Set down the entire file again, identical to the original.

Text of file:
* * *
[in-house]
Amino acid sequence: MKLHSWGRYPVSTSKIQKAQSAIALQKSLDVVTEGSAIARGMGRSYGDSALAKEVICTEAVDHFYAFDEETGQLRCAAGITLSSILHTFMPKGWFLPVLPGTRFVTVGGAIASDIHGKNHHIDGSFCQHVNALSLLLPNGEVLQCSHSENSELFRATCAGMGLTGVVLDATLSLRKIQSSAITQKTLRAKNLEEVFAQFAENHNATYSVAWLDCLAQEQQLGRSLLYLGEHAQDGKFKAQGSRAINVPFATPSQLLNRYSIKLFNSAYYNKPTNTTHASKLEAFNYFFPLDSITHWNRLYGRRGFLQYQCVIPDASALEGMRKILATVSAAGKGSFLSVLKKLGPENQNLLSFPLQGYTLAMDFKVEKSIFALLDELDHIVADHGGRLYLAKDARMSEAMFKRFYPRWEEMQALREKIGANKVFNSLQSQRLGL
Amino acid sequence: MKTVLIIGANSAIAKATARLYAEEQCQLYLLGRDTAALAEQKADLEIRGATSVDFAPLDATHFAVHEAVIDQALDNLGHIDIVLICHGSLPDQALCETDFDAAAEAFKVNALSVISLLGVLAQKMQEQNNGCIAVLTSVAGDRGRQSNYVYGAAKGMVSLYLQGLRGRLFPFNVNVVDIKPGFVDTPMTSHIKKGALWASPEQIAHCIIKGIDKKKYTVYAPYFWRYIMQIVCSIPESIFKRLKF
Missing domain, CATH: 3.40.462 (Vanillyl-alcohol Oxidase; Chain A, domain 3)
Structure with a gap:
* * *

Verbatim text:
[in-house]
Amino acid sequence: MKLHSWGRYPVSTSKIQKAQSAIALQKSLDVVTEGSAIARGMGRSYGDSALAKEVICTEAVDHFYAFDEETGQLRCAAGITLSSILHTFMPKGWFLPVLPGTRFVTVGGAIASDIHGKNHHIDGSFCQHVNALSLLLPNGEVLQCSHSENSELFRATCAGMGLTGVVLDATLSLRKIQSSAITQKTLRAKNLEEVFAQFAENHNATYSVAWLDCLAQEQQLGRSLLYLGEHAQDGKFKAQGSRAINVPFATPSQLLNRYSIKLFNSAYYNKPTNTTHASKLEAFNYFFPLDSITHWNRLYGRRGFLQYQCVIPDASALEGMRKILATVSAAGKGSFLSVLKKLGPENQNLLSFPLQGYTLAMDFKVEKSIFALLDELDHIVADHGGRLYLAKDARMSEAMFKRFYPRWEEMQALREKIGANKVFNSLQSQRLGL
Amino acid sequence: MKTVLIIGANSAIAKATARLYAEEQCQLYLLGRDTAALAEQKADLEIRGATSVDFAPLDATHFAVHEAVIDQALDNLGHIDIVLICHGSLPDQALCETDFDAAAEAFKVNALSVISLLGVLAQKMQEQNNGCIAVLTSVAGDRGRQSNYVYGAAKGMVSLYLQGLRGRLFPFNVNVVDIKPGFVDTPMTSHIKKGALWASPEQIAHCIIKGIDKKKYTVYAPYFWRYIMQIVCSIPESIFKRLKF
Missing domain, CATH: 3.40.462 (Vanillyl-alcohol Oxidase; Chain A, domain 3)
Structure with a gap: